Acting is something I need to do. It's a need to be somebody else, which is freeing, and allows me to be comfortable with who I am and the things I go through.
I n my twenties I was besotted – either drunk or drugged out – but I've no regrets. Your experiences have a lot to do with shaping who you become, and some of the dark places I've been have helped inform a lot of the things I do on screen.
Some actors go through their careers and people can't name one character they played or utter one line they've said. So for me to have that [with Jules in Pulp Fiction] is great. I still get asked to do the "Ezekiel" speech at least twice a week.
I'm mundane. I accept it, I embrace it. I've played a lot of self-assured characters who wear cool things, but that has nothing to do with who I am. I don't go out; I don't dance or do all the other stuff that is part of a Hollywood lifestyle.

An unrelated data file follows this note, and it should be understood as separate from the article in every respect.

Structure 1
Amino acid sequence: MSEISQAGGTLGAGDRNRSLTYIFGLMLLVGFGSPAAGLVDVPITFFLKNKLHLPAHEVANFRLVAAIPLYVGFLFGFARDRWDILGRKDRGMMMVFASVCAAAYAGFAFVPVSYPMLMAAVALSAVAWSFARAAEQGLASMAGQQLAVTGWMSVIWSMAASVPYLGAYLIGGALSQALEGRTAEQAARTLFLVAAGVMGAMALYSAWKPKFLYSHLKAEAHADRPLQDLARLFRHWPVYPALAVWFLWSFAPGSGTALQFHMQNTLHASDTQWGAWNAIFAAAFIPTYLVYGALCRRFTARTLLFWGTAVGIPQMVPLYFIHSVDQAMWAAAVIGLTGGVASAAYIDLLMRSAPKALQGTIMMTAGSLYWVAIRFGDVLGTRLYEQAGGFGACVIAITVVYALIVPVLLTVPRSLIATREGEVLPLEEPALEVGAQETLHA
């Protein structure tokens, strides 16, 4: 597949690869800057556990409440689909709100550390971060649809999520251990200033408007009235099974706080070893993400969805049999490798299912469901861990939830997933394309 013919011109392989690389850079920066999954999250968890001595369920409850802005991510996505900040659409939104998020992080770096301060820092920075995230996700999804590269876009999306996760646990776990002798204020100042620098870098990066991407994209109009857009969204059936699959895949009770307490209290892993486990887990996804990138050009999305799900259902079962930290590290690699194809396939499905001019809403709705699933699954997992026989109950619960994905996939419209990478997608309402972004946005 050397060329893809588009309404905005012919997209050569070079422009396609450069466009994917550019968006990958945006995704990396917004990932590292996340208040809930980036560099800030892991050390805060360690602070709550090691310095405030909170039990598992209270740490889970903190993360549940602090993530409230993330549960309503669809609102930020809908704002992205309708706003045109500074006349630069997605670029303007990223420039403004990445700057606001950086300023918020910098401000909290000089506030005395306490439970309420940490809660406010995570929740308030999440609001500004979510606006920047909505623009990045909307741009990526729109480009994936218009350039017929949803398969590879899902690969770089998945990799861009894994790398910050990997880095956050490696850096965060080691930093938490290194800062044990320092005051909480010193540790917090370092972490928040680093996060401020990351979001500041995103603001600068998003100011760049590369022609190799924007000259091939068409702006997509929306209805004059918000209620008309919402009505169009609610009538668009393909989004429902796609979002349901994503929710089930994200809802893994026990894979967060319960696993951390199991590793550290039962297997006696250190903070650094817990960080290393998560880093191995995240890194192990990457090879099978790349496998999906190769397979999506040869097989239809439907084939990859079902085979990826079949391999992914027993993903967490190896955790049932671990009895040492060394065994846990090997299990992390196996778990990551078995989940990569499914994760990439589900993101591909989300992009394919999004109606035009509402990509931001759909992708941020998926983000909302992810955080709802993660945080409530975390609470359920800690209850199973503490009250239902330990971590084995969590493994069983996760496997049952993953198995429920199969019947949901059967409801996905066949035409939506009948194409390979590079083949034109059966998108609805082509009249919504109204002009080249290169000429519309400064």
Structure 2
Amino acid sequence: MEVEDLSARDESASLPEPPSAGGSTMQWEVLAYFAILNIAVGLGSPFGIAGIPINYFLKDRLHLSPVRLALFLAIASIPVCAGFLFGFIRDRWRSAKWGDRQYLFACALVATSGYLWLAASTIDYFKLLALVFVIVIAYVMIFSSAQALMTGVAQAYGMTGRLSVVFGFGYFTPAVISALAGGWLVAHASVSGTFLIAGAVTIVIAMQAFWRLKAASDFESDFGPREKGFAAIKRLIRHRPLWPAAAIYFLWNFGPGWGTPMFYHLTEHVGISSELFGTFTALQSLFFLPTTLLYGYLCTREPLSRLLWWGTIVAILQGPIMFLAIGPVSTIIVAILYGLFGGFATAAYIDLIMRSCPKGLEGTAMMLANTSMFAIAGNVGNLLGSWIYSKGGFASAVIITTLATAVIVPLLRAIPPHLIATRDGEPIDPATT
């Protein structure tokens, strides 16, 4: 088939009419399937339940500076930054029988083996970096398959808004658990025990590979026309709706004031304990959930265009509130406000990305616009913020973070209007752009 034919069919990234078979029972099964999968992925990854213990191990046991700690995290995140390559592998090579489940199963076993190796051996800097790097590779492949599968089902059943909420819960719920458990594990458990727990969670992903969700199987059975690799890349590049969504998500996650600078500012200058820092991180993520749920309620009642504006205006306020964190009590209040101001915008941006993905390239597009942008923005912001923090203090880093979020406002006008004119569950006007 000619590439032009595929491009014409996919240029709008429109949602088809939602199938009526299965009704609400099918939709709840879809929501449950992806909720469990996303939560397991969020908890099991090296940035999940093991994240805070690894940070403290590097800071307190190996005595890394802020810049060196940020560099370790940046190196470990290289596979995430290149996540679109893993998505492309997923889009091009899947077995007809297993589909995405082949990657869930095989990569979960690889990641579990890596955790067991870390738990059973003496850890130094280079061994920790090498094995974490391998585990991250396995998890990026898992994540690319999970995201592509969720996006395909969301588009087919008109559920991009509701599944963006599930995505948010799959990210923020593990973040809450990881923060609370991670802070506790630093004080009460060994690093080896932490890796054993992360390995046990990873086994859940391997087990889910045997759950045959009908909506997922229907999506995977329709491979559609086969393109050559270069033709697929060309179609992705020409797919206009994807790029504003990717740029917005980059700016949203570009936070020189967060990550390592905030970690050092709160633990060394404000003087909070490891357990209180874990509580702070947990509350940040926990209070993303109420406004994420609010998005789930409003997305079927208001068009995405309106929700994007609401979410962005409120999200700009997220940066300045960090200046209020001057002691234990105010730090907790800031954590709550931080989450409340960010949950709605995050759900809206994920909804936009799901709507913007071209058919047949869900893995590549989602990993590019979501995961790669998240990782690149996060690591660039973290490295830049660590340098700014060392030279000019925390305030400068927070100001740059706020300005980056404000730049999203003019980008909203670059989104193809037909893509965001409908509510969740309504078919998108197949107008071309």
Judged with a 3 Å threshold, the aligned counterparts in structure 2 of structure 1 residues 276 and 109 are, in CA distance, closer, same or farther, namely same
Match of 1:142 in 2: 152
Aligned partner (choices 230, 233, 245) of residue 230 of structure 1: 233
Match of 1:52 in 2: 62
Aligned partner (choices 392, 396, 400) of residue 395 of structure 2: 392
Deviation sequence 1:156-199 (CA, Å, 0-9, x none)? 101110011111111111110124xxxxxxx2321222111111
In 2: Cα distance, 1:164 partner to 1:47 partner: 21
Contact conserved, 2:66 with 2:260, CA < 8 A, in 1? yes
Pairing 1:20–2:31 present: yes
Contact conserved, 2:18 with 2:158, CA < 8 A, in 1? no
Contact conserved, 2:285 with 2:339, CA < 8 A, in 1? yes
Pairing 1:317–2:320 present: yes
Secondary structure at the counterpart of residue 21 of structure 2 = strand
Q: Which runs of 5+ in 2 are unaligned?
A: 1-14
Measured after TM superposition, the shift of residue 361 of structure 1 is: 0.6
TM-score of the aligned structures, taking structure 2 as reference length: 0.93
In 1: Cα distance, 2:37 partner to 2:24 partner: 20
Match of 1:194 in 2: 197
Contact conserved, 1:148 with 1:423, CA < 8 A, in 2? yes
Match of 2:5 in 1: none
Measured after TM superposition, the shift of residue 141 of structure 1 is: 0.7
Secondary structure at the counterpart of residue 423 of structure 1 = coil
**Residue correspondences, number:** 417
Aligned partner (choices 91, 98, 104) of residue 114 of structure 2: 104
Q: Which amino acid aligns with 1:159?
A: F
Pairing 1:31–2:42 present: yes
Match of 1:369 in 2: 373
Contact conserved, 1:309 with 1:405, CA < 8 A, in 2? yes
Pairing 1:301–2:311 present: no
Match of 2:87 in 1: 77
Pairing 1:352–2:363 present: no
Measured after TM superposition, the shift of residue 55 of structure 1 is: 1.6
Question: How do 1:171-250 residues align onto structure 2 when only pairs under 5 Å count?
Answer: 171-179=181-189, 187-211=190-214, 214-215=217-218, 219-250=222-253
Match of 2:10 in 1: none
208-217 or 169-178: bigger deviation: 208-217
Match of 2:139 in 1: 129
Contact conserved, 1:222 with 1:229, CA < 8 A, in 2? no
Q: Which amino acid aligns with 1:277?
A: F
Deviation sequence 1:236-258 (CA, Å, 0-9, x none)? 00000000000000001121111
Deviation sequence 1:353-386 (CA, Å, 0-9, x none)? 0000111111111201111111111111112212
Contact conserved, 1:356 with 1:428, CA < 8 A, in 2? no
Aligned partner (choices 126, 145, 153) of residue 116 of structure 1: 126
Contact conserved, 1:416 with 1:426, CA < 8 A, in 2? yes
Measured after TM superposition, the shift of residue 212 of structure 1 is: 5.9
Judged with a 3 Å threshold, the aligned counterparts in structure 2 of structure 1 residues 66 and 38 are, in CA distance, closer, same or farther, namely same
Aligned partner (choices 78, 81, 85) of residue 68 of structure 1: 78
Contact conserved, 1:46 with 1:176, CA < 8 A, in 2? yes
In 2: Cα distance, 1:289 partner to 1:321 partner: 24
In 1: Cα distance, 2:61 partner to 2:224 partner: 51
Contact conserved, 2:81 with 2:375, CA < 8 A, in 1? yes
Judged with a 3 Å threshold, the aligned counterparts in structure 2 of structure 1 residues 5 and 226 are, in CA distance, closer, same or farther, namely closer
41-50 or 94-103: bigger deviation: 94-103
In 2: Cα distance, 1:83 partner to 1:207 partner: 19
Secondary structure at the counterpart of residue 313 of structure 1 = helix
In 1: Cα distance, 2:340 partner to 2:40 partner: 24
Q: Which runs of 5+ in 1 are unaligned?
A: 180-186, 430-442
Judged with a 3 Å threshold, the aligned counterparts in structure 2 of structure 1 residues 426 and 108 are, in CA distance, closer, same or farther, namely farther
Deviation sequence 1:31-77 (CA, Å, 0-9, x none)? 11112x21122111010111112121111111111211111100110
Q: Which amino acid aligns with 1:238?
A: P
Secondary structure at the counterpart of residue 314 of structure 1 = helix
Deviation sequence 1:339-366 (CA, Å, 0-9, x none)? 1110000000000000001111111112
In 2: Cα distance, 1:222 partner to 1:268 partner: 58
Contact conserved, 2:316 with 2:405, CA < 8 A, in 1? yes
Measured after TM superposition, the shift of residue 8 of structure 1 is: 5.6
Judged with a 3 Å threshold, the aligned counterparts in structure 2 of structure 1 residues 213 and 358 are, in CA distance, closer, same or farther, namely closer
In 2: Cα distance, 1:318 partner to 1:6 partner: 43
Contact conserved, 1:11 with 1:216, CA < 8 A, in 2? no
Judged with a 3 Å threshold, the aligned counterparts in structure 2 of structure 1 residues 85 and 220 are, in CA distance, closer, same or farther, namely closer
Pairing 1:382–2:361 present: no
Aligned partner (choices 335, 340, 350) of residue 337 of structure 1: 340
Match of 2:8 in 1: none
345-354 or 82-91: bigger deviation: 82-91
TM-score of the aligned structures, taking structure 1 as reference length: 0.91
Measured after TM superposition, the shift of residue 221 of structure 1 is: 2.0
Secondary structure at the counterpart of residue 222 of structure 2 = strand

Every time I'm in New York, I'll go to an AA meeting; it's where I got clean. I actually went last week. I go back because there's always someone there for a first time and they can look and go, "Oh my god, I heard you used to come here." I'm just the same as the addict; still an addict.
You treat people the way you want to be treated. There's an interesting statement I once saw on the wall of a production company's office: "Be careful of the toes you step on today, because they may be connected to the ass you'll have to kiss tomorrow."
My biggest fear is I won't keep working. Everybody worries about the phone stopping ringing. Hopefully, I'll be like Michael Caine and just keep on going.
Golf is my spiritual wake-up. I'm out there every morning at 6am and done by 10am, so when the working day starts, I'm ready for whatever it brings.
Samuel L Jackson hosts the charity event 'Shooting Stars in Desert Nights' on 11 June in London. For more information: www.soujar.com